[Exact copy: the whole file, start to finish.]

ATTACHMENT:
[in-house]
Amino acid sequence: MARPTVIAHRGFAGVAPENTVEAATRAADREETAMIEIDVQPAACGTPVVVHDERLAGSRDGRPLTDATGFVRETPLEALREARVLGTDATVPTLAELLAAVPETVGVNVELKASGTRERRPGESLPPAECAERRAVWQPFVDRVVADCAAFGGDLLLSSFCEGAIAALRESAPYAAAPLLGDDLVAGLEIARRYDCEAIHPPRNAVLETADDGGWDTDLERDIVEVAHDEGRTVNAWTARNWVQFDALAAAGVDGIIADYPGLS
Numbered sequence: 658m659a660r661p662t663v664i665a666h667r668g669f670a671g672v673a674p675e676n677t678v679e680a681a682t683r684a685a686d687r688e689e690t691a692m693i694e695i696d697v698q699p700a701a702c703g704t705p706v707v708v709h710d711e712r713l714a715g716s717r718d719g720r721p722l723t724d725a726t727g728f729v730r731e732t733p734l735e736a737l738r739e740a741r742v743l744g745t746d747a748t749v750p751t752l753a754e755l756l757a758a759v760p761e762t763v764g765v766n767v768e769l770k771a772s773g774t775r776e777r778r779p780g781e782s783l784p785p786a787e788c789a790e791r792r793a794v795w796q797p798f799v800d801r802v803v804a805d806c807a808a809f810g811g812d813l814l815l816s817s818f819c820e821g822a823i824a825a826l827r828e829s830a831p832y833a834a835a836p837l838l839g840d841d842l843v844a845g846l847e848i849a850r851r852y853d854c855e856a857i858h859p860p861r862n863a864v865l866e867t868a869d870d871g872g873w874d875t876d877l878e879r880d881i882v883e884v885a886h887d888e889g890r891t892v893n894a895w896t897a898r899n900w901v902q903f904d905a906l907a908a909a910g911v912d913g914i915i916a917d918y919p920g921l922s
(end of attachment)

[in-house]
Amino acid sequence: MARPTVIAHRGFAGVAPENTVEAATRAADREETAMIEIDVQPAACGTPVVVHDERLAGSRDGRPLTDATGFVRETPLEALREARVLGTDATVPTLAELLAAVPETVGVNVELKASGTRERRPGESLPPAECAERRAVWQPFVDRVVADCAAFGGDLLLSSFCEGAIAALRESAPYAAAPLLGDDLVAGLEIARRYDCEAIHPPRNAVLETADDGGWDTDLERDIVEVAHDEGRTVNAWTARNWVQFDALAAAGVDGIIADYPGLS
Numbered sequence: 658m659a660r661p662t663v664i665a666h667r668g669f670a671g672v673a674p675e676n677t678v679e680a681a682t683r684a685a686d687r688e689e690t691a692m693i694e695i696d697v698q699p700a701a702c703g704t705p706v707v708v709h710d711e712r713l714a715g716s717r718d719g720r721p722l723t724d725a726t727g728f729v730r731e732t733p734l735e736a737l738r739e740a741r742v743l744g745t746d747a748t749v750p751t752l753a754e755l756l757a758a759v760p761e762t763v764g765v766n767v768e769l770k771a772s773g774t775r776e777r778r779p780g781e782s783l784p785p786a787e788c789a790e791r792r793a794v795w796q797p798f799v800d801r802v803v804a805d806c807a808a809f810g811g812d813l814l815l816s817s818f819c820e821g822a823i824a825a826l827r828e829s830a831p832y833a834a835a836p837l838l839g840d841d842l843v844a845g846l847e848i849a850r851r852y853d854c855e856a857i858h859p860p861r862n863a864v865l866e867t868a869d870d871g872g873w874d875t876d877l878e879r880d881i882v883e884v885a886h887d888e889g890r891t892v893n894a895w896t897a898r899n900w901v902q903f904d905a906l907a908a909a910g911v912d913g914i915i916a917d918y919p920g921l922s